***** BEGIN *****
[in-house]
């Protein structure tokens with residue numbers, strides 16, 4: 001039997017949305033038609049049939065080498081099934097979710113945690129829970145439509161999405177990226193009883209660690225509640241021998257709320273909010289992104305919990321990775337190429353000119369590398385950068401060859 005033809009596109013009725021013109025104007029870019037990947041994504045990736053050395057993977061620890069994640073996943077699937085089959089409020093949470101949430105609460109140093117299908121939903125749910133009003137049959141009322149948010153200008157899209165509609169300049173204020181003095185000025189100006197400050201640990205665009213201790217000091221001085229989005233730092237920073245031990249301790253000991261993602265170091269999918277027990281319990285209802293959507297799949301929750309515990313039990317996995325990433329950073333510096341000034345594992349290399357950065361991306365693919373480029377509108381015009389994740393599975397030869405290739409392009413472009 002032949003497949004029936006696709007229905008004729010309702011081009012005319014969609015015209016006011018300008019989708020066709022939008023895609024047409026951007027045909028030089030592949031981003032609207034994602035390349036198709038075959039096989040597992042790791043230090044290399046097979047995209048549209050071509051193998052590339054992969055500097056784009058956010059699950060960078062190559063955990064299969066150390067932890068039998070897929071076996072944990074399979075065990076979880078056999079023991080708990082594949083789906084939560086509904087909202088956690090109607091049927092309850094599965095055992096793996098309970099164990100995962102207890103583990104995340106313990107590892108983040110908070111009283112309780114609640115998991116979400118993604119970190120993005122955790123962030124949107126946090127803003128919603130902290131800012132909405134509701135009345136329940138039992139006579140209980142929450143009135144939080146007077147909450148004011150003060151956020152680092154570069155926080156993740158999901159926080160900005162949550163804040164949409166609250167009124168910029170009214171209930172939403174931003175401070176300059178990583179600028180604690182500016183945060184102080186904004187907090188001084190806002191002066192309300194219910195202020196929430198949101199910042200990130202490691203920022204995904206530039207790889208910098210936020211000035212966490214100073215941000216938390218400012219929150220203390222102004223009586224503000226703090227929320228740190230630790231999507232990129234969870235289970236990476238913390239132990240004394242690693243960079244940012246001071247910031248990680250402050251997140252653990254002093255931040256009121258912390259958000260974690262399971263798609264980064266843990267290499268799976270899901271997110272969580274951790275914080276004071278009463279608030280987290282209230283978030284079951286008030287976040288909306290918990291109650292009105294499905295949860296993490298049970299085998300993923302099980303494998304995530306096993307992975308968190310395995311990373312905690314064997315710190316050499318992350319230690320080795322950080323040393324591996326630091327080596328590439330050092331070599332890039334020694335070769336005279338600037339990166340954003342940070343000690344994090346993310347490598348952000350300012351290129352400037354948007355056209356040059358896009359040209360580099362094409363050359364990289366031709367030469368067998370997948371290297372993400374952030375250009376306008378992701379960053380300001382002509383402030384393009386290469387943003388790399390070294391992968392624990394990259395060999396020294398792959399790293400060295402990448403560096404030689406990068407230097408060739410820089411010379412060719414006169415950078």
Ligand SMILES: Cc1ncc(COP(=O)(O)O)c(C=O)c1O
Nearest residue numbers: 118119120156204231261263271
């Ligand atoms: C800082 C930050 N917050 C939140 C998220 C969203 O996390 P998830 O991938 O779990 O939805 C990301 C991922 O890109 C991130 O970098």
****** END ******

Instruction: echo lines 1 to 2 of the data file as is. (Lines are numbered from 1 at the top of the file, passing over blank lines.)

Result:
[in-house]
């Protein structure tokens with residue numbers, strides 16, 4: 001039997017949305033038609049049939065080498081099934097979710113945690129829970145439509161999405177990226193009883209660690225509640241021998257709320273909010289992104305919990321990775337190429353000119369590398385950068401060859 005033809009596109013009725021013109025104007029870019037990947041994504045990736053050395057993977061620890069994640073996943077699937085089959089409020093949470101949430105609460109140093117299908121939903125749910133009003137049959141009322149948010153200008157899209165509609169300049173204020181003095185000025189100006197400050201640990205665009213201790217000091221001085229989005233730092237920073245031990249301790253000991261993602265170091269999918277027990281319990285209802293959507297799949301929750309515990313039990317996995325990433329950073333510096341000034345594992349290399357950065361991306365693919373480029377509108381015009389994740393599975397030869405290739409392009413472009 002032949003497949004029936006696709007229905008004729010309702011081009012005319014969609015015209016006011018300008019989708020066709022939008023895609024047409026951007027045909028030089030592949031981003032609207034994602035390349036198709038075959039096989040597992042790791043230090044290399046097979047995209048549209050071509051193998052590339054992969055500097056784009058956010059699950060960078062190559063955990064299969066150390067932890068039998070897929071076996072944990074399979075065990076979880078056999079023991080708990082594949083789906084939560086509904087909202088956690090109607091049927092309850094599965095055992096793996098309970099164990100995962102207890103583990104995340106313990107590892108983040110908070111009283112309780114609640115998991116979400118993604119970190120993005122955790123962030124949107126946090127803003128919603130902290131800012132909405134509701135009345136329940138039992139006579140209980142929450143009135144939080146007077147909450148004011150003060151956020152680092154570069155926080156993740158999901159926080160900005162949550163804040164949409166609250167009124168910029170009214171209930172939403174931003175401070176300059178990583179600028180604690182500016183945060184102080186904004187907090188001084190806002191002066192309300194219910195202020196929430198949101199910042200990130202490691203920022204995904206530039207790889208910098210936020211000035212966490214100073215941000216938390218400012219929150220203390222102004223009586224503000226703090227929320228740190230630790231999507232990129234969870235289970236990476238913390239132990240004394242690693243960079244940012246001071247910031248990680250402050251997140252653990254002093255931040256009121258912390259958000260974690262399971263798609264980064266843990267290499268799976270899901271997110272969580274951790275914080276004071278009463279608030280987290282209230283978030284079951286008030287976040288909306290918990291109650292009105294499905295949860296993490298049970299085998300993923302099980303494998304995530306096993307992975308968190310395995311990373312905690314064997315710190316050499318992350319230690320080795322950080323040393324591996326630091327080596328590439330050092331070599332890039334020694335070769336005279338600037339990166340954003342940070343000690344994090346993310347490598348952000350300012351290129352400037354948007355056209356040059358896009359040209360580099362094409363050359364990289366031709367030469368067998370997948371290297372993400374952030375250009376306008378992701379960053380300001382002509383402030384393009386290469387943003388790399390070294391992968392624990394990259395060999396020294398792959399790293400060295402990448403560096404030689406990068407230097408060739410820089411010379412060719414006169415950078």